- SALT Blockchain must offer refunds for its 2017 ICO, which raised $47 million.
- The SEC ruled that it was an illegally unregistered securities offering.
- ShapeShift CEO Erik Voorhees was reportedly a target of the investigation.
The United States Securities and Exchange Commission (SEC) announced today that SALT Blockchain, the company behind cryptocurrency-backed loan service SALT Lending, must refund customers that purchased its SALT tokens during an initial coin offering (ICO) in 2017.
According to the SEC, the ICO represented an illegally unregistered securities offering. All told, the ICO raised $47 million from June through December 2017, although an additional $1.2 million worth of SALT tokens were sold through August 2019.
SALT Blockchain, which the cease-and-desist order notes has been cooperative in the investigation, has agreed to issue refunds to any customers who purchased SALT tokens by the end of 2019. Once the refund program is launched, customers must register a claim within three months.
The firm must also pay a $250,000 civil fine to the SEC within 10 days, and will register the SALT token as a security. SALT tokens were originally sold for $10 apiece during the ICO, but now trade for just $0.05, according to CoinGecko.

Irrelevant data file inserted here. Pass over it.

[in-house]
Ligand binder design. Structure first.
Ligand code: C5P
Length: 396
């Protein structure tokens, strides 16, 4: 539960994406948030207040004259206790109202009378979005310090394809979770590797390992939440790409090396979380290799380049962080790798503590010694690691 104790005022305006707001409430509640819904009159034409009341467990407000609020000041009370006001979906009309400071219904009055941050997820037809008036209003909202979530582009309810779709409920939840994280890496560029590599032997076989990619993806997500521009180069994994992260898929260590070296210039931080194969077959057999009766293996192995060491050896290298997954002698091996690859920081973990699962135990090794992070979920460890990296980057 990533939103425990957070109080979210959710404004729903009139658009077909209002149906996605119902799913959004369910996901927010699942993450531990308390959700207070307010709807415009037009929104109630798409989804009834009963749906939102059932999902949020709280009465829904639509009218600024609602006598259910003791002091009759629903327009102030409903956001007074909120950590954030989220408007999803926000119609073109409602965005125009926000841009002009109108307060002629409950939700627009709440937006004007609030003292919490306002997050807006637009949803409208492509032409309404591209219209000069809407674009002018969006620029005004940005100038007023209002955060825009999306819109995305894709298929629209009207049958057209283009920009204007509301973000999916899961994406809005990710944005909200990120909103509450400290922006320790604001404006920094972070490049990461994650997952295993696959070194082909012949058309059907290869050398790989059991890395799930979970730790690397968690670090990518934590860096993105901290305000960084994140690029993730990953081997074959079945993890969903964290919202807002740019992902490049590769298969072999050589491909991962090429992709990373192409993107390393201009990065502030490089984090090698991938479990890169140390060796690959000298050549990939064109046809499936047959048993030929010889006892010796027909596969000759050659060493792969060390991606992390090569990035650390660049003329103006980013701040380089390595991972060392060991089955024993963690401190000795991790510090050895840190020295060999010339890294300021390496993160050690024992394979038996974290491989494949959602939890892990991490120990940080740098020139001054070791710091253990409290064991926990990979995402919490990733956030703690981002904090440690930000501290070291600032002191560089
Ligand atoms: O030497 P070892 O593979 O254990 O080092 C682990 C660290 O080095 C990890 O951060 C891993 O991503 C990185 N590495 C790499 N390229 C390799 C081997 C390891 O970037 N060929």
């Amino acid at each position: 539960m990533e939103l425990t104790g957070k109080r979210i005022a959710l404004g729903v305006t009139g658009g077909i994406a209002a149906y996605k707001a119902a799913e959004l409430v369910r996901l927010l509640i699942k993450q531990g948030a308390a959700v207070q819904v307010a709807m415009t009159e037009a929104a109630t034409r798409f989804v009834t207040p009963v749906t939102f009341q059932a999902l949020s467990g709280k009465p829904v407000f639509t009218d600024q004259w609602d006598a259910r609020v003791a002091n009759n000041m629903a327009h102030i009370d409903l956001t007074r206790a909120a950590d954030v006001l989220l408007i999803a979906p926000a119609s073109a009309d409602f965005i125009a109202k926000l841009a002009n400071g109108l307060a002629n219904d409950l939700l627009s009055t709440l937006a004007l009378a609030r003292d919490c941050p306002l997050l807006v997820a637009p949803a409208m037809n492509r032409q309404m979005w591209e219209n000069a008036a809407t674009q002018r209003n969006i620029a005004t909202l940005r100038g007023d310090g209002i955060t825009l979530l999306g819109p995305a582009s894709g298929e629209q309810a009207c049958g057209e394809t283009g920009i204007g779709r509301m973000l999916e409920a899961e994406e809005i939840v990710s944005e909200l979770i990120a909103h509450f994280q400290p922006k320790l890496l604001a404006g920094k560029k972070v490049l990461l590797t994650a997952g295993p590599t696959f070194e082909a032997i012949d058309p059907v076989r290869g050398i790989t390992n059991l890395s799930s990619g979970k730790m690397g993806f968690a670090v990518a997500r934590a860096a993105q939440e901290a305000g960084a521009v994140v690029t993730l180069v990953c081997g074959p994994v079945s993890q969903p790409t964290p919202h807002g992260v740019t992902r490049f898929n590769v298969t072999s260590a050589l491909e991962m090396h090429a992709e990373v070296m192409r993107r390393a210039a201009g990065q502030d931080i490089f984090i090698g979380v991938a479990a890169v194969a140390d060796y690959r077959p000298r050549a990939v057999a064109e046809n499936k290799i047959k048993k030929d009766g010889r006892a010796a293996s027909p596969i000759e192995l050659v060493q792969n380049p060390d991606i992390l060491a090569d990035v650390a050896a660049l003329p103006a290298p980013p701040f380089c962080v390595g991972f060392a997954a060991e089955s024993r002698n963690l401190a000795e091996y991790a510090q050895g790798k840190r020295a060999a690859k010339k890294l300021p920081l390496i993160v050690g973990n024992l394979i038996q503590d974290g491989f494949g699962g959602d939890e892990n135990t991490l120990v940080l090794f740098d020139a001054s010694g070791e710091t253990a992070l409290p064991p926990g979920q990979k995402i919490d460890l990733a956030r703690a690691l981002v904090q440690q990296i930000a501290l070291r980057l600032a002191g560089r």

SALT Lending launched in early 2018 following the ICO, allowing cryptocurrency owners to take out a loan with their own crypto used as collateral. That way, users are able to receive a cash loan without selling off their crypto holdings.
In November 2018, The Wall Street Journal reported that the company was under investigation by the SEC regarding its ICO. According to the report, SALT Lending had been served with a subpoena by the SEC in February 2018 seeking records related to the ICO.
In part, the investigation reportedly honed in on the involvement of crypto luminary Erik Voorhees, CEO of cryptocurrency exchange ShapeShift, who also served on SALT’s board. Voorhees had previously settled with the SEC in 2014 regarding an internet gambling company, which forced him to pay about $50,000 and agree to not raise money in private markets.
As such, Voorhees’ involvement in SALT Lending’s ICO was reportedly part of the initial focus of the SEC investigation, although he is not ultimately mentioned by name in today’s SEC order.